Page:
Criminal Action No. 00-290; SECTION "N"
October 27, 2000
ORDER AND REASONS
Before the Court are defendant Dwight Albert's Motion to Suppress Confession and Motion to Suppress Evidence. On October 25, 2000, the Court conducted a hearing on Albert's motions. For the following reasons, defendant's motions are DENIED.
On August 1, 2000, based on information from a confidential informant, the United States Drug Enforcement Agency ("DEA") and the Gretna Police Department began surveillance of defendant Dwight Albert. Agents allegedly saw Albert provide drugs to the informant on three occasions during August and September, 2000. On September 7, 2000, DEA's agents executed a federal search warrant at Albert's residence. Albert was immediately placed under arrest. He allegedly waived his Miranda rights and told the agents that three ounces of cocaine were hidden behind his bedroom door. The agents seized the cocaine, and Albert allegedly admitted that it was his.
Albert now moves to suppress (1) his confession on the grounds that he was not read his Miranda rights and (2) the evidence seized from his residence on the grounds that the search warrant was deficient.
LAW AND ANALYSIS
The defendant claims that the police questioned him about his alleged drug activities without reading him his Miranda rights. The government claims that Albert was advised of his rights twice before questioning. The Court granted Albert's request for a hearing in order to receive evidence on that disputed factual issue, See United States v. Harrelson, 705 F.2d 733, 737 (5th Cir. 1983) (holding that an evidentiary hearing is required on a motion to suppress only when necessary to receive evidence on an issue of fact). However, at the hearing, Albert did not present any evidence supporting his position. The arresting officer, DEA Agent Edward Coffey, took the stand, but he was not even questioned about this issue. Accordingly, Albert's Motion to Suppress Confession is DENIED.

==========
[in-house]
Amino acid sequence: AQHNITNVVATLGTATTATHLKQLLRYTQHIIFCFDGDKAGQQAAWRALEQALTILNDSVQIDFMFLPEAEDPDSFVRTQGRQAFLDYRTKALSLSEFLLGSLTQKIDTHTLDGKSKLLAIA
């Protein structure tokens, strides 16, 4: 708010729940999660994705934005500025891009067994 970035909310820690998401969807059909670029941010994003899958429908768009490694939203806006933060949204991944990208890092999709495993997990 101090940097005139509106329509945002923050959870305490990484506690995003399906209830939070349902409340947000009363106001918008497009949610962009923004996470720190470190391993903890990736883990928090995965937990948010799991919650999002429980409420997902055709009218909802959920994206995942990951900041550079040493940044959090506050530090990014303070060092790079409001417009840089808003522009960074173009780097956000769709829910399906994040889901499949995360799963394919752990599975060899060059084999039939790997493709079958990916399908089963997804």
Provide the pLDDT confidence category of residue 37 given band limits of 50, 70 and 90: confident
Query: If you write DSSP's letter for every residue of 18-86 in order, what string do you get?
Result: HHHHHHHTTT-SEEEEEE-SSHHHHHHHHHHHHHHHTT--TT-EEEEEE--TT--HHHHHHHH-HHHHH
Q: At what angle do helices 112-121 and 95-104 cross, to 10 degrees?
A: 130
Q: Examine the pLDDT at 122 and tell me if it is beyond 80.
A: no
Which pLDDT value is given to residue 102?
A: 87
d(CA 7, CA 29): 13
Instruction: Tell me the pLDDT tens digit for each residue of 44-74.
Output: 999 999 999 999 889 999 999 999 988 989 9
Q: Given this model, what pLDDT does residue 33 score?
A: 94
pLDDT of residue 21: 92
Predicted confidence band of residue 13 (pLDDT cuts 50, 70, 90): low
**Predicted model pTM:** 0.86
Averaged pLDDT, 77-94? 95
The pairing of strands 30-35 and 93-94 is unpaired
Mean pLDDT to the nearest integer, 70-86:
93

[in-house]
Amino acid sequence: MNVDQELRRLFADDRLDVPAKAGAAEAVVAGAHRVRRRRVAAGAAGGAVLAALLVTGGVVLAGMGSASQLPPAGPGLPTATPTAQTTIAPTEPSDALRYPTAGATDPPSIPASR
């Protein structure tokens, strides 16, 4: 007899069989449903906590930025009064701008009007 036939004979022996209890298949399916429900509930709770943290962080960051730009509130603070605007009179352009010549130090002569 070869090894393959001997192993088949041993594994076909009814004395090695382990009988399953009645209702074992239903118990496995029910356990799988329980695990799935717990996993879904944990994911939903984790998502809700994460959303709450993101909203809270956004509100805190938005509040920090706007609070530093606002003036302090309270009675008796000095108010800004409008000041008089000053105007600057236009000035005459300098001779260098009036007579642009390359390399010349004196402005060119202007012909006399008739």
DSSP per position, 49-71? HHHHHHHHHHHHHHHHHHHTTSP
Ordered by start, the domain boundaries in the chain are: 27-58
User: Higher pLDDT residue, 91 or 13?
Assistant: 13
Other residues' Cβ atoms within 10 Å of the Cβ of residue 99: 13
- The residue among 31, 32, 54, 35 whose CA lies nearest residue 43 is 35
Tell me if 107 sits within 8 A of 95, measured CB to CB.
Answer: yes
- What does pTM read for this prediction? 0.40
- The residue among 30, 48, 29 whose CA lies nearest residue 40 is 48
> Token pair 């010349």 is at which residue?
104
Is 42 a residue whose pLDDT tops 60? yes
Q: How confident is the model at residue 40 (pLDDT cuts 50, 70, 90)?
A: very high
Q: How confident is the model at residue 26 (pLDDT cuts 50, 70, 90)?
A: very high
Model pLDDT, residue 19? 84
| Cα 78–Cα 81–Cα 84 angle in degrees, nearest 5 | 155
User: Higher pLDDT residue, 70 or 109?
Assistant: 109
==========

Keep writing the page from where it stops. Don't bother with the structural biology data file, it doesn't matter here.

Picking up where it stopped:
Albert also moves to suppress the drugs seized from his residence, claiming that (1) the affidavit supporting the search warrant contained material false misstatements, (2) the warrant violated the particularity requirement of the 4th Amendment, (3) the search unreasonably exceeded the scope of the warrant, (4) the probable cause for the warrant was supplied by governmental overreaching, and (5) the police seized notebooks that contain incriminating testimonial evidence.
The Court finds that Albert's main contentions of error in the affidavit are simply a misunderstanding on his part. Albert alleges that the drug weights listed in the affidavit are too high and their corresponding prices are too low. However, Agent Coffey testified that the DEA weighed the cocaine and its packaging and listed this "gross weight" in the affidavit. Obviously, the gross weight is much higher than what Albert allegedly sold. Likewise, what Albert alleges is too low a price for the gross weight is actually the street price for the cocaine alone. Albert's other contentions of error, that the times and dates on the recorded telephone conversations were altered and that the confidential source was known to be unreliable, are wholly unsupported by the testimony presented at the hearing. Accordingly, the Court finds that the statements contained in the affidavit are correct and that the government did not engage in overreaching to create probable cause.
Having resolved the alleged false statements in the affidavit, the Court finds that the search warrant is valid in all other respects. The warrant was sufficiently particular and limited in scope: it identified the correct address, adequately described Albert's residence, and properly limited seizure to items relating to drug activities and materials that would identify the occupants of the building. See United States v. Dancy, 947 F.2d 1232 (5th Cir. 1991) (holding that warrant was sufficiently particular given correct street address, even if no other description was given), see also United States v. Washington, 48 F.3d 73, 77-78 (2nd Cir. 1995) (holding that warrant authorizing seizure of drug paraphernalia and documents related to drug activities was sufficiently particular because affidavit established continuing drug activity on the premises).
Finally, Albert contends that certain notebooks seized from his residence are testimonial, self-incriminating evidence. However, he presented nothing that suggests the notebooks are anything more than admissible business records. See Andresen v. Maryland, 427 U.S. 463, 474-75 (1976). Accordingly, Albert's motion to suppress the notebooks is DENIED.
IT IS ORDERED that defendant Dwight Albert's Motion to Suppress Confession and Motion to Suppress Evidence are DENIED.